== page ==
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Continuing on in my series exploring missional theology with T.F. Torrance, I would like, in this post, to consider one of the practical implications of what I have discussed thus far in terms of a Christological missiology. A Christological missiology is simply an understanding and practice...

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Revelation 20:1-3, 11-15

Then I saw an angel coming down from heaven, holding in his hand the key to the bottomless pit and a great chain.And he seized the dragon, that ancient serpent, who is the devil and Satan, and bound him for a thousand years,and threw him into the pit, and shut it and...

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Friday, 24 March 2017 04:23

The Exegetical Barth

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For many people, especially for those who have never actually read him for themselves, the Swiss theologian Karl Barth can seem to be something of a pariah due to many places in his dogmatics where he appears to depart from traditional Protestant, Reformed, evangelical, or even orthodox...

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No, your eyes do not deceive you. Yes, that is a picture of Martin Luther posted on the right in front of a Catholic Church in Italy in remembrance of the 500th anniversary of the Reformation.

imageDon’t believe me? Here is a closer look.

As if one picture of Luther were not enough, a...

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In my personal devotions I have been reflecting much lately on prayer. Prayer is something that, if I am honest, has not been a consistent practice in my life. Not that I have neglected prayer; rather, as the great prayer warriors of history might say, I have not “prevailed” or...

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In my last post exploring T.F. Torrance’s missional theology, I proposed the possibility of a kataphysic, or scientific, missiology. Essentially what this means is that the church’s missiology — its understanding and practice of mission — must not be constructed...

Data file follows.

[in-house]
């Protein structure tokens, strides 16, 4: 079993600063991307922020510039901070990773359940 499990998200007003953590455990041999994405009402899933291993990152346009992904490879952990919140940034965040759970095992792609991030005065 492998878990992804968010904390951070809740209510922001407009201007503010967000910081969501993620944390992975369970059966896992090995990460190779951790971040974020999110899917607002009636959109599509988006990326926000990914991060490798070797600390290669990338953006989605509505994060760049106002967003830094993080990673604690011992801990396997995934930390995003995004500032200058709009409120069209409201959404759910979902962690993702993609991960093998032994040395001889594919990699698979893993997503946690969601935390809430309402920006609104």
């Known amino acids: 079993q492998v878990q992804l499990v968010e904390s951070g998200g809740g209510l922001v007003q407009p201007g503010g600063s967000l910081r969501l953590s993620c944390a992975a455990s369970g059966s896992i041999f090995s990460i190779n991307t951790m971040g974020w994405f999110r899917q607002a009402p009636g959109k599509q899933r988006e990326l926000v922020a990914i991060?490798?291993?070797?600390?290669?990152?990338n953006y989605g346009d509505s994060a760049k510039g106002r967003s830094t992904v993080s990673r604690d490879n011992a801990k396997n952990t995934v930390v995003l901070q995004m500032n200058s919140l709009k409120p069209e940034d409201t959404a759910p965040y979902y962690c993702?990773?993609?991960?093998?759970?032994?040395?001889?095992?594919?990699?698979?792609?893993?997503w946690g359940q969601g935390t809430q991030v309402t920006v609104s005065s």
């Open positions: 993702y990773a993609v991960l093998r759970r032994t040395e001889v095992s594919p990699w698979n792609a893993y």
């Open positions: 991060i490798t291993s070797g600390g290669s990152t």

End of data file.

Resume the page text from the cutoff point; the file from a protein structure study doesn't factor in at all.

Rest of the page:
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Revelation 19:9, 11-16

And the angel said to me, “Write this: Blessed are those who are invited to the marriage supper of the Lamb.” And he said to me, “These are the true words of God.” Then I saw heaven opened, and behold, a white horse! The one sitting on it is...

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As I work my way through Scottish theologian H.R. Mackintosh’s magisterial work on The Doctrine of the Person of Jesus Christ, I continue to be illuminated and blessed by the riches that he was able to mine from the depths of the biblical witness. In the excerpt that I...

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In recent days I have published a number of posts on the centrality of Jesus Christ to all biblical interpretation and theology. When I speak of the centrality of Jesus Christ, I do not merely mean to say that Christ remains at the center (and thus the ultimate goal) of all that we think and say...

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Reformission Monday is the time when I pause from writing in reformission to reflect on reformission itself. Reformission aims at fulfilling the church’s commission through reformation and renewal, bringing the gospel of Jesus Christ to bear on every sphere of human thought, speech,...

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Revelation 17:1-6; 18:1-3, 19-20

Then one of the seven angels who had the seven bowls…carried me away in the Spirit into a wilderness, and I saw a woman sitting on a scarlet beast that was full of blasphemous names, and it had seven heads and ten horns.The woman was arrayed in purple and...

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In this final post on reforming Calvinism’s doctrine of irresistible grace, I arrive at a burning question—perhaps the burning question—that constitutes for many the deal-breaker when it comes to an evangelical reworking of Reformed soteriology. With its emphasis on...

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Writing the preface to the Genevan Bible of 1550, John Calvin set out to provide the reader with a sure guide for mining the riches out of the depths of the Word of God. What is this sure guide? Calvin almost waxes poetical when he states:

Now, since you have heard that the Gospel presents to you...